Introduction: 10x10 Conversion Quilt Making
This lesson combinesculturally relevant mathand African American quilt making. The term “culturally relevant” refers to instruction that includes modification of curricula, culture identity development, and social justice learning and action. The reason for this approach is to encourage students from diverse backgrounds to relate course content to their cultural contexts. For example, traditional African textiles use bright colors, asymmetry, and large shapes such asGhanaian KenteorKuba clothfrom West/Central Africa. You will find these designs in traditional African American quilts such as the ones created byquilters in Gee's Bend, Alabama.
For this lesson, students can use this type of quilt making to learn how to recognize and represent proportional relationships between quantities. They can transfer their designs to wearable things which make reference to traditional African cultures where art is meant to functional, not encased behind glass or hung on walls (but you can do this, too). So for this lesson the finished quilt will be part of a canvas tote bag that can be used to carry or store things.
Worksheet (attached PDF)
Markers or colored pencils
Assorted fabric (i.e., scraps)
Canvas bags (or old clothing from home)
Fusing mat (optional)
Step 1: Color a 10x10 Grid
Students will make what is sometimes referred to as a "conversion quilt," meaning it must follow certain mathematics parameters such as 1/5 blue, 0.32 green, 21% purple, 3/25 red, and the rest yellow.
First, students need to color in a 10x10 grid (see attached worksheet) based on the parameters provided. Each student's design should be unique.
Then, students need to convert and list each color as a decimal, fraction and percent. This math work should be reviewed before making the quilt.
Next, draw the 10x10 grid on a canvas tote bag or use a different natural fabric/material (i.e. 100% cotton).
Step 2: Cut Out Fabric Blocks
Students can use their finished/reviewed worksheets as a guide for cutting out blocks of fabric. They will need to use a ruler to measure/draw each shape on the fabric.
Each student should choose up to 5 colors (or patterns) of fabric.
Step 3: Assemble the Fabric Blocks
Before adding fusing material, students should piece together their quilt using the fabric cut outs, esp. to make sure everything fits. This step will give them a better idea of what the final quilt will look like and they can make adjustments or changes, if necessary.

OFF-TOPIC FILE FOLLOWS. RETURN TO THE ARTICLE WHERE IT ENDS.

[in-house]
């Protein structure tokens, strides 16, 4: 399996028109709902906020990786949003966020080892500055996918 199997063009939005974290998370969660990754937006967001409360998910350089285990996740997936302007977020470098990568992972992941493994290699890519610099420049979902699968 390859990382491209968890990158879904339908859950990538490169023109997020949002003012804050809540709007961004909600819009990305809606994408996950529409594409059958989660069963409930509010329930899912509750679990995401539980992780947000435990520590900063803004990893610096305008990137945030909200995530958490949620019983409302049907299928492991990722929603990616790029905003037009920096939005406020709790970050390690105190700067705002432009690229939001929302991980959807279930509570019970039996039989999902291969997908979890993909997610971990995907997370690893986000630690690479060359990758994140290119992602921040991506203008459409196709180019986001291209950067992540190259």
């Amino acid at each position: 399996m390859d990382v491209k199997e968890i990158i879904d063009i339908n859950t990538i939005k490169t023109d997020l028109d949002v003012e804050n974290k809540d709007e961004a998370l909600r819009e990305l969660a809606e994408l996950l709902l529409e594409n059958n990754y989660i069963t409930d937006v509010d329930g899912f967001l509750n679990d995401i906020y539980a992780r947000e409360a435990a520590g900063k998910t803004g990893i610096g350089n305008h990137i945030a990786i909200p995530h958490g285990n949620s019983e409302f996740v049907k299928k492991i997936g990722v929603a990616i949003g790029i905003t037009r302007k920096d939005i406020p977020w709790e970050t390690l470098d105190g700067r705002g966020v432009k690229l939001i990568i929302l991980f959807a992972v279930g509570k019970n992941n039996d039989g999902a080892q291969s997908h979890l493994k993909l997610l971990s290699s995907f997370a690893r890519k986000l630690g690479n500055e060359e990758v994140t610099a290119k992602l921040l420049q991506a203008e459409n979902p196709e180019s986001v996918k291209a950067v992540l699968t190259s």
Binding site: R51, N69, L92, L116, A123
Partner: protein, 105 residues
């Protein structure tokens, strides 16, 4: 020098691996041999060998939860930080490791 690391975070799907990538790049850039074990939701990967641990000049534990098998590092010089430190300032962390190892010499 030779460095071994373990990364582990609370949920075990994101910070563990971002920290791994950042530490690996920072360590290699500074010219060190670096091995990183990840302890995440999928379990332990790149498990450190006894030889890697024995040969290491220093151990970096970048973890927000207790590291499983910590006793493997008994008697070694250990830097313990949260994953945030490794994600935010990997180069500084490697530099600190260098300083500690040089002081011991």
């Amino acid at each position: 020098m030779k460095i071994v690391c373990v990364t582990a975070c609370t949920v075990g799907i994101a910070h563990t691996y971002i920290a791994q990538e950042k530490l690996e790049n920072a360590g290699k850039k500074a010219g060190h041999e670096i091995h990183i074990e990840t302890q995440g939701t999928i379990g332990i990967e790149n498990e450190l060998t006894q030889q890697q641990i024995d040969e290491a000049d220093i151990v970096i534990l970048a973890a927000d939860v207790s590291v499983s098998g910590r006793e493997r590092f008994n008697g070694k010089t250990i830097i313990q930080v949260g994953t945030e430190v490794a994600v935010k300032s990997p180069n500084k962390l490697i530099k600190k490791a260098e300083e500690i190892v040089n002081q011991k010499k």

Step 4: Draw 10x10 Grid on Fusing Material
Fusing is an adhesive material with a variety of functions that you can use as an alternative to sewing. Fusing is activated by the heat from an iron or heat press. For this step, students need to draw the 10x10 grid on fusing sheets (tape 2 or more sheets together if needed).
As an intermediate step, students can mark their blocks on the fusing sheet/grid using Xs. Make sure to use thematte sideof the fusing sheet (the shiny side is the adhesive).
Step 5: Iron Fabric Blocks to Fusing Material
This step requires the use of an iron on medium to medium-high heat. You may want to test it out first on throw-away fabric/fusing material. Here's a tutorial on how to do this:
The goal is to match up the blocks (fabric/fusing), then iron the shiny side of the fusing to the back of each fabric block.
A helpful tip: Use the tip of the iron to tack the fusing to each fabric block to keep them together and in place.
Step 6: Remove Paper Backing and Adhere to Base
After all of the fusing and fabric blocks are ironed/adhered, remove the paper backing from the fusing/fabric. It may be easier to do this when the blocks are still warm, so you can re-heat them for this step.
Next, add each block to the final base and iron for 12-15 seconds. Again, you may want to test this step out on throw-away or scrap materials.
In the example (photo), a small section of blocks were ironed onto a base (canvas bag) at the same time to make the process go faster.
Step 7: Finish the Quilt
Once all of the sections/blocks have been adhered to the base material the project is complete. Students may want to add text or drawings in the space around the quilt but this is optional.